D.Va is now playable on the Heroes of the Storm PTR

Blizzard said a couple of weeks ago that the Overwatch mech pilot D.Va was on her way to the Heroes of the Storm lineup at some indeterminate, but presumably not-too-far-off, point in the future. That day is now upon us, at least partially, as she is now playable on the HotS PTR, with "two separate and distinct playstyles" based on whether or not she's inside her mech. 

"While in Mech mode, D.Va has high health and mobility, allowing her to dive in and 'bully' the enemy team. In Pilot mode, D.Va deals high damage but has low health. Attacking enemies will get her back into her mech sooner, but also puts her at risk of dying," the new 'Spotlight' video explains. "D.Va automatically enters Pilot mode when her mech is destroyed, allowing her a chance to escape. Keep in mind that this is D.Va's only form of survivability." 

D.Va relies primarily on boosters for mobility while in Mech mode, which also enables her to cause damage to enemy units she collides with. She's also able to deploy a "defense matrix" that "significantly reduces the damage of enemy heroes" at the cost of her own offensive capabilties, and when things go really sideways the charge-based Self-destruct mode will knock back enemies and deal damage across a large area.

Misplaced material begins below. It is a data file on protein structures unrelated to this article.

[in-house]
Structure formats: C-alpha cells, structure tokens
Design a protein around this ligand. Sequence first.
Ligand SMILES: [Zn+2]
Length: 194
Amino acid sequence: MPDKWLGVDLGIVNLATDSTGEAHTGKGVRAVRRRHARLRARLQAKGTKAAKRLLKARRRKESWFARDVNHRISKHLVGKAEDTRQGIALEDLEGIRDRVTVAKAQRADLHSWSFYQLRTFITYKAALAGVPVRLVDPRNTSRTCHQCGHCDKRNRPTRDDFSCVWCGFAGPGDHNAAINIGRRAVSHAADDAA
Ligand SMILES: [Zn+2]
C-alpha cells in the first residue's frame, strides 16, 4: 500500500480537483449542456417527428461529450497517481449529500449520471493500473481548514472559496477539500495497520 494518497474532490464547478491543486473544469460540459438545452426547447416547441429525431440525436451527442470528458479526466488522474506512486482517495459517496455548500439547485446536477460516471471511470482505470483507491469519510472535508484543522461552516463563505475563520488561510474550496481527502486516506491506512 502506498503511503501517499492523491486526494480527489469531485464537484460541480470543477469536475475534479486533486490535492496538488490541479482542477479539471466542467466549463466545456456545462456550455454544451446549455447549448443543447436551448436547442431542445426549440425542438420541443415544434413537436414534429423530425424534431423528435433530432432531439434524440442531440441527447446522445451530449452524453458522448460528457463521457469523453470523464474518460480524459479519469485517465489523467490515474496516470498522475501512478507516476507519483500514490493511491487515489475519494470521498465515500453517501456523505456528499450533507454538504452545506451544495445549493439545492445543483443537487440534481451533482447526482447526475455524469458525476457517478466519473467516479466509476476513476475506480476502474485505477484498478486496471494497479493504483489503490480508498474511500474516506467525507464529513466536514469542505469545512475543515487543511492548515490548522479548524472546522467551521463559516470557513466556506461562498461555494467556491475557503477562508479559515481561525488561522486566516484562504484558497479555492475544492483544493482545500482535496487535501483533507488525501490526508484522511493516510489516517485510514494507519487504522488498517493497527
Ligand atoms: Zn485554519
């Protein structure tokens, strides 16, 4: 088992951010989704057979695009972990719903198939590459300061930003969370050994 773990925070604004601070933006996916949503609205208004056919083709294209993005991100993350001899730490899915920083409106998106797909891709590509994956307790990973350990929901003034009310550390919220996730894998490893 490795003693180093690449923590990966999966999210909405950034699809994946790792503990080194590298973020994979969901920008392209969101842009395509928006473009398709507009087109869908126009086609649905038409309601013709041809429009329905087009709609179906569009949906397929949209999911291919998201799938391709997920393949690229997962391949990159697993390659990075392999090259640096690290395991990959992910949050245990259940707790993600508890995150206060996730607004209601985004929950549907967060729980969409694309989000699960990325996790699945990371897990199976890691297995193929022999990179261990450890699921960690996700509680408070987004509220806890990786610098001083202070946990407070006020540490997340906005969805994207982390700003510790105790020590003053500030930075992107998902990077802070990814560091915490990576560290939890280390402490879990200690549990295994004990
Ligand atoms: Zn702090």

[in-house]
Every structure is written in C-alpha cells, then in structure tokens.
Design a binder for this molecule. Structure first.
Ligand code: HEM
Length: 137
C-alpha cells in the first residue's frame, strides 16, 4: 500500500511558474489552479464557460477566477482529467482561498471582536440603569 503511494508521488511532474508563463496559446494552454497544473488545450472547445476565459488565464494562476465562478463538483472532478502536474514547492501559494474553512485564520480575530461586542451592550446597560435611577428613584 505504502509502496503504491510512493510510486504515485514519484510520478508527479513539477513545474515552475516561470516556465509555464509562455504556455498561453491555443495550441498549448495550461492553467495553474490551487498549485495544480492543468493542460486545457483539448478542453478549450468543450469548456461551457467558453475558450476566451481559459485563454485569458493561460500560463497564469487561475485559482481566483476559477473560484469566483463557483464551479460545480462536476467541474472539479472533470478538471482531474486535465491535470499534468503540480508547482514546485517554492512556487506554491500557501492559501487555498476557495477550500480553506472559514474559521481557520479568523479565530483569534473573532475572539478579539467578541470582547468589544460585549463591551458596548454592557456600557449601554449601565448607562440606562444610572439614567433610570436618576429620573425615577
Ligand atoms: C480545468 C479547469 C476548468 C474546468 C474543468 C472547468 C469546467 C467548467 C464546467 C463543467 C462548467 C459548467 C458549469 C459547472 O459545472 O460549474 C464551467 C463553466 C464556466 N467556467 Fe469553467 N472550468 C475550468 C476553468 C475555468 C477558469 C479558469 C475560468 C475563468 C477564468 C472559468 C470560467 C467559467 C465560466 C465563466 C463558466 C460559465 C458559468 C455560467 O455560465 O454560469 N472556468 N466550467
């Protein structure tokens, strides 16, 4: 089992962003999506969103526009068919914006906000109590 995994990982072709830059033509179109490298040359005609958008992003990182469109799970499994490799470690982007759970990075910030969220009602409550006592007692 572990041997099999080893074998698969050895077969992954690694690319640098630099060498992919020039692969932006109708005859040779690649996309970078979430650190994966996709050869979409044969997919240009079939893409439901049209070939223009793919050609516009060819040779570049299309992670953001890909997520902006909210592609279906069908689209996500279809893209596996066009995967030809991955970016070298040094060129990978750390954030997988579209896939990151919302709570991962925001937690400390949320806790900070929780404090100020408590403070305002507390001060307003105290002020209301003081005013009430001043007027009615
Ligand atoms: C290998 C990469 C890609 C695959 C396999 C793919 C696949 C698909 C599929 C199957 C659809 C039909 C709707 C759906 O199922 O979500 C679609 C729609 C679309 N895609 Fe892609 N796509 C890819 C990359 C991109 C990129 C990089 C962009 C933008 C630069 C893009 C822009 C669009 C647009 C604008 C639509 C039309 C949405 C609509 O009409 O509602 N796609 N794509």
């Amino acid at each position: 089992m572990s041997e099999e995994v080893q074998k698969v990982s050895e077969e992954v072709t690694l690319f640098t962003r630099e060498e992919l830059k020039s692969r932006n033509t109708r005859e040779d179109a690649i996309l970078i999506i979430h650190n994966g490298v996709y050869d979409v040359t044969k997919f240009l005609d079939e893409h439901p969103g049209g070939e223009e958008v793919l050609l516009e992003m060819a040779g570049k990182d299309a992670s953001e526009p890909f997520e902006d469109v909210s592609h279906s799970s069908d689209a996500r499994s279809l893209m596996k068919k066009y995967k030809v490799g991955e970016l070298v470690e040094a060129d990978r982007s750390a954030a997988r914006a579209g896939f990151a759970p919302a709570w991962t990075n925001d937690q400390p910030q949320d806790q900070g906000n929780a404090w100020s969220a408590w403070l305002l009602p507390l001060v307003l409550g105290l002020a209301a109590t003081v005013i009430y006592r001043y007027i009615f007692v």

When in Pilot mode, she can use her Call Mech ability to re-enter Mech mode after a cooldown period has passed. Her Pilot mode heroic ability, Big Shot, will significantly reduce the Call Mech cooldown timer, while the Mech-based Bunny Hop makes her "unstoppable," while dealing damage and slowing all nearby enemies. 

A detailed breakdown of D.Va's Heroes of the Storm abilities, as well as the other PTR tweaks and changes, are available on Battle.net. This round of playtesting is scheduled to run until May 15. 

Andy Chalk

Andy has been gaming on PCs from the very beginning, starting as a youngster with text adventures and primitive action games on a cassette-based TRS80. From there he graduated to the glory days of Sierra Online adventures and Microprose sims, ran a local BBS, learned how to build PCs, and developed a longstanding love of RPGs, immersive sims, and shooters. He began writing videogame news in 2007 for The Escapist and somehow managed to avoid getting fired until 2014, when he joined the storied ranks of PC Gamer. He covers all aspects of the industry, from new game announcements and patch notes to legal disputes, Twitch beefs, esports, and Henry Cavill. Lots of Henry Cavill.